Now, it’s time to introduce WES AND REBECCA to the pancake mix.

Throughout the episode, Wes tries to get Annalise to submit Lila’s phone to the police as evidence, now that they have an incriminating penis to show the cops (and a new suspect attached to said penis). But Annalise refuses to relinquish the phone, and Wes kind of tilts his head and wonders why, but decides it’s probably best to not ask questions.

At the episode’s end, as part of Annalise’s defense, Rebecca submits to a psych evaluation from professor Sam, and it reveals a bunch of important tidbits about her relationship with Lila. She repeats her story that she met Lila at the bar, where Lila asked if she could help Rebecca deal drugs, simply for the thrill of it. (That’s… weird.) More importantly, Rebecca claims that the reason she is in possession of Lila’s phone is because Lila “left it at my apartment the night before, said she was done dealing.” Now, this directly conflicts with Sam saying Lila called him the night of her murder. And why would a person who decided to stop selling drugs leave her personal phone as a testament to walking away from the dealer game? Rebecca isn’t telling the truth, methinks.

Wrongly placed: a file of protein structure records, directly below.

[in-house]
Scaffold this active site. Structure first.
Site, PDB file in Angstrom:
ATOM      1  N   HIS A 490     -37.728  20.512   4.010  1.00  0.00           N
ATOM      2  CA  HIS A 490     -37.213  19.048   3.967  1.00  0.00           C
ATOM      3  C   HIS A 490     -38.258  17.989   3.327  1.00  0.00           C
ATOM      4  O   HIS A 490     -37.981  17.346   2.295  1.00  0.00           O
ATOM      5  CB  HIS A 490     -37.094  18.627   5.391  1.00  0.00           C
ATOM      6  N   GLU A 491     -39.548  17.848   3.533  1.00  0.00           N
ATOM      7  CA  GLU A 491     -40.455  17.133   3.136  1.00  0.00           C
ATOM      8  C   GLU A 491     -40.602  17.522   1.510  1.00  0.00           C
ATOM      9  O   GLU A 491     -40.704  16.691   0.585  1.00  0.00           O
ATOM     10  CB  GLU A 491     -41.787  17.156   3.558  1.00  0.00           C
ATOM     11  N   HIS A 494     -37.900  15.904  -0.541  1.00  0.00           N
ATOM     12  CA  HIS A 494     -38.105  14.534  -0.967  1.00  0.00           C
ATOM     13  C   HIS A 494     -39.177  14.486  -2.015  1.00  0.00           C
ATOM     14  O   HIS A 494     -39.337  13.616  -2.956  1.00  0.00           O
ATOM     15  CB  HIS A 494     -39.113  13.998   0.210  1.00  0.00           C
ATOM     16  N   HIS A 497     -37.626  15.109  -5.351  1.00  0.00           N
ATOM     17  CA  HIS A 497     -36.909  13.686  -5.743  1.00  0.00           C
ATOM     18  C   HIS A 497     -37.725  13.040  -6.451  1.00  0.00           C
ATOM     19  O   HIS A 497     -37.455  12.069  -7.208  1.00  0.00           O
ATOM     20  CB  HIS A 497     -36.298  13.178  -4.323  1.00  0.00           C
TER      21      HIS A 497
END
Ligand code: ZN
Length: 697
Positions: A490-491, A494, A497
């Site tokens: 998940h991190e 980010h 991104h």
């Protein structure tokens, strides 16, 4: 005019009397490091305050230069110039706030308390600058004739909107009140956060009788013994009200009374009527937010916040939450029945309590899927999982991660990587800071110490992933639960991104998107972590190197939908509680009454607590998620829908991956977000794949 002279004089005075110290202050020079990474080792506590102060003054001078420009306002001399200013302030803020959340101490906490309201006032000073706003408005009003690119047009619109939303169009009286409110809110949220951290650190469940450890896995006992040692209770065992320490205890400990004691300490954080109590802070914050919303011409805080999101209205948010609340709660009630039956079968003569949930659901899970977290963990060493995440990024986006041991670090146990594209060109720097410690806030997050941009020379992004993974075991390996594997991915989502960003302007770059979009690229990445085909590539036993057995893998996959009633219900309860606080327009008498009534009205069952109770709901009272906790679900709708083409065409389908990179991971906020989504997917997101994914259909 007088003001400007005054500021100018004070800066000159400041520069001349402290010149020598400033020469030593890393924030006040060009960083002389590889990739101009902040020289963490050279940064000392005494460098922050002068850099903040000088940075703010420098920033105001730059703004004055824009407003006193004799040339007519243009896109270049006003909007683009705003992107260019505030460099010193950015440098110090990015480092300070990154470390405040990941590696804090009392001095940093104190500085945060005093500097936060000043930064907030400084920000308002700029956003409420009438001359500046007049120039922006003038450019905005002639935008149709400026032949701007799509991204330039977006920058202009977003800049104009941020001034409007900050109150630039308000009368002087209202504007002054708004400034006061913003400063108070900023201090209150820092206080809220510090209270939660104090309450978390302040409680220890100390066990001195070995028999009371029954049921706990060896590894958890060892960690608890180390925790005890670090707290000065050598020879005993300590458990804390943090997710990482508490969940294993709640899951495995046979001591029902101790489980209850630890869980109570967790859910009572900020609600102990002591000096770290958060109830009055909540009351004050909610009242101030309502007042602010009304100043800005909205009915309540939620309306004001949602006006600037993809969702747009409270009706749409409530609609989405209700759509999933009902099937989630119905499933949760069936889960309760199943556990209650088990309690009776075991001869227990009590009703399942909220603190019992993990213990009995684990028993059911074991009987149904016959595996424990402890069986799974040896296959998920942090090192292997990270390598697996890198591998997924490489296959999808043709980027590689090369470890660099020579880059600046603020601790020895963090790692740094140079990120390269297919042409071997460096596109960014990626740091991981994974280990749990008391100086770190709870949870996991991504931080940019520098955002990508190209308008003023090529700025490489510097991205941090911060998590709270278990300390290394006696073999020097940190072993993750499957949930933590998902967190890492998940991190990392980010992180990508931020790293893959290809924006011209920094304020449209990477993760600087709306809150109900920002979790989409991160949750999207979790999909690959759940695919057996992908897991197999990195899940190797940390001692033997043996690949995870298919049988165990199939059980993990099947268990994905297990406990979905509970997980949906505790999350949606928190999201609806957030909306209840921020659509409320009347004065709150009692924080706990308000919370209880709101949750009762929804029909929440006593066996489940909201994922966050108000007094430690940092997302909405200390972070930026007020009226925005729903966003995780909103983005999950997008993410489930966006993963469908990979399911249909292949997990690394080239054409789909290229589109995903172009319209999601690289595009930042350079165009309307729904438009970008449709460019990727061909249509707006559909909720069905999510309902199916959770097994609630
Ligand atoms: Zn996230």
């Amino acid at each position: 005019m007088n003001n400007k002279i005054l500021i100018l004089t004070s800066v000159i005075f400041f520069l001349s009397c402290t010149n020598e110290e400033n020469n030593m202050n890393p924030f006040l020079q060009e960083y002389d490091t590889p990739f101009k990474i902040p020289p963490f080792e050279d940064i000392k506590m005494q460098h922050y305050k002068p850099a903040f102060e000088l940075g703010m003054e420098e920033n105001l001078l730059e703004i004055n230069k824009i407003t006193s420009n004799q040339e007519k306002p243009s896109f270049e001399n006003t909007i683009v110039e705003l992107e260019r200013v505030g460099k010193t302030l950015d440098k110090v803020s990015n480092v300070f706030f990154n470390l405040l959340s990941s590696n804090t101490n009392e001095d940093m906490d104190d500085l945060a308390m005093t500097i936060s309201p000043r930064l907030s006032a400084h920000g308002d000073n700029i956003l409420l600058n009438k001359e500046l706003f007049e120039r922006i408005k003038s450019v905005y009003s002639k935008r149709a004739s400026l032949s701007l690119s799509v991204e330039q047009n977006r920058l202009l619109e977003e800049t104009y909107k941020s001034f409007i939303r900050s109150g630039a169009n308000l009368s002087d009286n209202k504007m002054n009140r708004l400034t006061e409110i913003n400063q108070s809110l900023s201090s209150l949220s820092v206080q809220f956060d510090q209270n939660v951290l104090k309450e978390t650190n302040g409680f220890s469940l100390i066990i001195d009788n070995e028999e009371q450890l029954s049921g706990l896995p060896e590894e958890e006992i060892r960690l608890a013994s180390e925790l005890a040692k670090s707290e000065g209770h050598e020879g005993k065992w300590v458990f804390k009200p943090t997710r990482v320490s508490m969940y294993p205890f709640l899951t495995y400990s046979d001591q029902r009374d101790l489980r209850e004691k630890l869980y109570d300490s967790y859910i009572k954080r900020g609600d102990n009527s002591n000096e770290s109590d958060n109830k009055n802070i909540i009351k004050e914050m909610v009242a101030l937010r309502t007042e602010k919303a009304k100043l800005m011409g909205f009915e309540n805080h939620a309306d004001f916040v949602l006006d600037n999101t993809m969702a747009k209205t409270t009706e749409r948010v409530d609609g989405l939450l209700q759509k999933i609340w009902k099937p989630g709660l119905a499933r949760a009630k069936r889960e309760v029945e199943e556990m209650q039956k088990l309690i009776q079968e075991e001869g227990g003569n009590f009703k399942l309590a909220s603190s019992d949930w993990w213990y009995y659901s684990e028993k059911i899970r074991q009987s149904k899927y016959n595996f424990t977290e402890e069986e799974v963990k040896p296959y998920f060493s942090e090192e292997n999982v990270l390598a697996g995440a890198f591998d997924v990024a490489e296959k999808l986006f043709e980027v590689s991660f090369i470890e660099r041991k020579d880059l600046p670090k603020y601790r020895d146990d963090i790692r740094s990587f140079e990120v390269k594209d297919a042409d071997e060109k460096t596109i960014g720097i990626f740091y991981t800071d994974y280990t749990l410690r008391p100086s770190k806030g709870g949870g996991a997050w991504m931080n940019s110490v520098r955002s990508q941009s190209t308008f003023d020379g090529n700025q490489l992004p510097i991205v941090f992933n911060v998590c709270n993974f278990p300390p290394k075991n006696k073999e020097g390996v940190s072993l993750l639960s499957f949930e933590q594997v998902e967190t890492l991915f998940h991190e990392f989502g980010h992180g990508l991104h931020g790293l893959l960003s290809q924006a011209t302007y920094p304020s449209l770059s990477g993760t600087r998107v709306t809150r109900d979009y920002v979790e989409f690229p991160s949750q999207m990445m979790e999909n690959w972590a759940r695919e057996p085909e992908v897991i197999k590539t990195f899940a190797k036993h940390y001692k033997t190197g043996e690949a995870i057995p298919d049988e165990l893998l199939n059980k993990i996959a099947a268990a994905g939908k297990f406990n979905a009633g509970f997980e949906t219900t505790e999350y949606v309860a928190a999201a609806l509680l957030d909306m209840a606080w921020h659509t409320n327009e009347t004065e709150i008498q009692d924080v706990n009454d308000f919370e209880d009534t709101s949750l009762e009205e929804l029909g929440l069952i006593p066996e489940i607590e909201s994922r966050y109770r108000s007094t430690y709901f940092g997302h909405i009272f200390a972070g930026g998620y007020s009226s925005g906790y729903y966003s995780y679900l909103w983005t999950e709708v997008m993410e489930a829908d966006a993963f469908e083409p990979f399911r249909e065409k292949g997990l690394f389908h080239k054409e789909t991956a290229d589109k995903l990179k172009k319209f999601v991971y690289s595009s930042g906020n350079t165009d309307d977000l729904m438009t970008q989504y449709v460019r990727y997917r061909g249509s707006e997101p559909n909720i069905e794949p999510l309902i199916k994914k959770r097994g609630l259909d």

Sam and Rebecca’s conversation (which Annalise is secretly filming, BTW) quickly turns into an inquisition about how much Rebecca knows about Lila’s sext-exchanging affair with a married man whom she apparently calls Mr. Darcy. Rebecca doesn’t seem to know it’s Sam, and so the interrogation ends without much fanfare, but then Rebecca disappears into the bathroom…

The next thing we see is Wes, later that night, entering Rebecca’s ratchet apartment and finding that it’s been cleaned out. He calls her, and she’s already in full runaway hoodie mode (the same mode we find her in on the night of Sam’s murder). “Did you know that they were in on it together?” she asks Wes, who has no idea what she’s talking about. “You can’t trust Annalise. The wallpaper, Wes. Look at the wallpaper!” And so he sneaks into the Keating house again (does anybody lock their doors? Also, WHAT TIME IS IT!?) and realizes that the wallpaper in the bathroom matches the wallpaper in Mr. Darcy’s dickpic. Annalise exits her bedroom and is shocked to find Wes standing in her hallway. And then he says, “Your husband’s Mr. Darcy.” And her mouth goes boom. And Wes and Rebecca have drawn a major line in the sand. And Sam is now sleeping on the couch.